Grady White Journey 258

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Grady-White 258

Ooh la la!

Stuart Arnold, a man who speaks with a distinctive English accent, has taken an American icon, Kiwi-fied it and created something very special. Or, as the young kid on the shore put it so succinctly: “Ooh la la!”

              

We were in the Coromandel township of Tairua, returning down the narrow channel to the marina, and very close to the shore. The youngster was playing in the shallows with his mother, just metres away, and his spontaneous reaction was not that surprising.

We were in the new “exclusive to New Zealand” Grady-White 258 Journey and, as the accompanying photos show, it is quite a sight: Cape Grey topsides, creamy superstructure, clears-enclosed wheelhouse under a large factory custom hard top, gleaming outriggers and near-silent twin Yamaha 150hp 4-strokes outboards.

Stuart has been importing Grady-Whites into New Zealand for about 14 months and, while he is not the first to do so, he is certainly the most successful, with seven sold already.

He has now used the knowledge gained in those sales, along with his experience with the brand and those drawn to it, to create a unique model, one available only through him.

The Grady-White Journey 258 Limited Edition is a New Zealand-only Walk Around Cabin, factory finished to Stuart’s very particular specifications. The boat is supplied complete (the 428-litre fuel tanks will be full and the fenders on board) and ready to launch. No time will need to be wasted choosing between a variety of options, Stuart has already done that. Simply stow any personal possessions, turn the keys and go boating.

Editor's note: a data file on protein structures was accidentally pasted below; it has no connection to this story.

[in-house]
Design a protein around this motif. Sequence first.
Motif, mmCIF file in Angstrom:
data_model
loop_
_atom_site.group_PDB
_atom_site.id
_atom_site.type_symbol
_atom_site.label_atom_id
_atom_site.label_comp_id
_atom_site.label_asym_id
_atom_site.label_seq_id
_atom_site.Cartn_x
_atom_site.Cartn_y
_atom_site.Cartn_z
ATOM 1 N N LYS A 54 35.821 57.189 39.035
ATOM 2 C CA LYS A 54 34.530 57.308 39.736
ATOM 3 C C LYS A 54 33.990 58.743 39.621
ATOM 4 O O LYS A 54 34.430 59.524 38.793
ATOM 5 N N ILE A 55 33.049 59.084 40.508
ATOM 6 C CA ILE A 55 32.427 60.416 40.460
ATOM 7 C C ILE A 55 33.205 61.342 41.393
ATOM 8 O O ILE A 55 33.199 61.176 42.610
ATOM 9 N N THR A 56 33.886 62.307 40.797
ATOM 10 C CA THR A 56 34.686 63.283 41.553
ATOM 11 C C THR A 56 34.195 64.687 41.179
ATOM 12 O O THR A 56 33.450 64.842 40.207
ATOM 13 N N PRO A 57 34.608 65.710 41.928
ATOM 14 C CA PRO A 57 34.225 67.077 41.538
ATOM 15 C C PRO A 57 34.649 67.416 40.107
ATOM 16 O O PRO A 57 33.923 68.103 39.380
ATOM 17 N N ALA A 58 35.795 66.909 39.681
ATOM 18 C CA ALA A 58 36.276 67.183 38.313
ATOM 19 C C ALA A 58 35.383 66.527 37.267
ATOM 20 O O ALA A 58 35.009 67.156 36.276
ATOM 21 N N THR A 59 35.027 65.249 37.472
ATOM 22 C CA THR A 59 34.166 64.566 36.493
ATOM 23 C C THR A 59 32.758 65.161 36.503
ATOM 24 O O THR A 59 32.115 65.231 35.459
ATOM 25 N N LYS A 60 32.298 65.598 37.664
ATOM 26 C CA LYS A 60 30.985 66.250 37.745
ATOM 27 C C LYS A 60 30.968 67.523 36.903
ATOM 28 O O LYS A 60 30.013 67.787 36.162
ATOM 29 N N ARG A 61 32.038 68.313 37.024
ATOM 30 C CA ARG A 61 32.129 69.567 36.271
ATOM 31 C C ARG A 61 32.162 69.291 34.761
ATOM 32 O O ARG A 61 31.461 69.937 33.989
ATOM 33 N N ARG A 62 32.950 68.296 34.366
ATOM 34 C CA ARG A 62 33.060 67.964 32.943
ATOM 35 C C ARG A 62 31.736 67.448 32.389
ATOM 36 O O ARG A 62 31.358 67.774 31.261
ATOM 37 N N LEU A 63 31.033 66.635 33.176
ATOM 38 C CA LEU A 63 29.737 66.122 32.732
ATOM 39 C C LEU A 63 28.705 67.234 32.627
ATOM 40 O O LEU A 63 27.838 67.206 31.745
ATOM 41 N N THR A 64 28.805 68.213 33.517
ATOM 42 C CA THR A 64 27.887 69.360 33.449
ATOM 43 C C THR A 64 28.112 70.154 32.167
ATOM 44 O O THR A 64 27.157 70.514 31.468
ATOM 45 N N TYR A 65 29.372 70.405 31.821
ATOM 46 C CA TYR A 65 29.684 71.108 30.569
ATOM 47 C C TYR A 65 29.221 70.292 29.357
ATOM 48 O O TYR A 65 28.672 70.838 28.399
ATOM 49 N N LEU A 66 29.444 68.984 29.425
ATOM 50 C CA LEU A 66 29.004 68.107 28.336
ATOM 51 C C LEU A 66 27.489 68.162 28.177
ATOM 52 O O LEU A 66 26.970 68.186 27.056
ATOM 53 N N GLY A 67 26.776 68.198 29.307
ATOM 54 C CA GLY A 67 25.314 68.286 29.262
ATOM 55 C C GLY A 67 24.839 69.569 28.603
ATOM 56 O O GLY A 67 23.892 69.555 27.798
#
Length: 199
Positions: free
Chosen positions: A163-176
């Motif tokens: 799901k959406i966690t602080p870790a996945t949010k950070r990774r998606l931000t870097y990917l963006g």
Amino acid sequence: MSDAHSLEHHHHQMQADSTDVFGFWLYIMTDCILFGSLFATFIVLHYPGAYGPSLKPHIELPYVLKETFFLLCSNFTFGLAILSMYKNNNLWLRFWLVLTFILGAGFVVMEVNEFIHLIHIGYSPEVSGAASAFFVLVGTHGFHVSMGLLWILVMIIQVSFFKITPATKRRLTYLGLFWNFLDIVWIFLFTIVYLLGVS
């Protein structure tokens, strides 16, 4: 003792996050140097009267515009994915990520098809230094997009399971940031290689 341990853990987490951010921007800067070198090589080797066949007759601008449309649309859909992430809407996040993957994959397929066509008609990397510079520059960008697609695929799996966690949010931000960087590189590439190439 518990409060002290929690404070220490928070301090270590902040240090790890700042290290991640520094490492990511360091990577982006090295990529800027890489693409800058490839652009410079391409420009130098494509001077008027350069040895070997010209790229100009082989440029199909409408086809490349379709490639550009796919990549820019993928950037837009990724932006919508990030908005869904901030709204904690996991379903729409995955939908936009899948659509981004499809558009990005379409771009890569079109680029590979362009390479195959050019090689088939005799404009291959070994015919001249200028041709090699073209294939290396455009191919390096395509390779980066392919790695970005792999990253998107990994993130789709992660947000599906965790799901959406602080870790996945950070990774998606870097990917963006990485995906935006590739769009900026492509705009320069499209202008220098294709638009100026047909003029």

Set up for Kiwis

To make the 258 Journey even more suited to Kiwi boaties, Stuart has up-spec’d virtually every part of what was already a very much top-of-the-line vessel.

On the bow, he has had installed a Lewmar windlass complete with chain and 10-platt multi-braid warp and Rocna anchor. (In the US, with their penchant for simply cruising from one marina to the next, cleats are the preferred foredeck fitting). Another welcome addition is the foredeck cushioning, turning a hard surface into a far softer comfortable one.

In the cabin, the “Porta Potti” has been upgraded to a Jabsco flush toilet. Also modified are the rod-holding brackets, now complete with hinges to make them less obtrusive when not in use.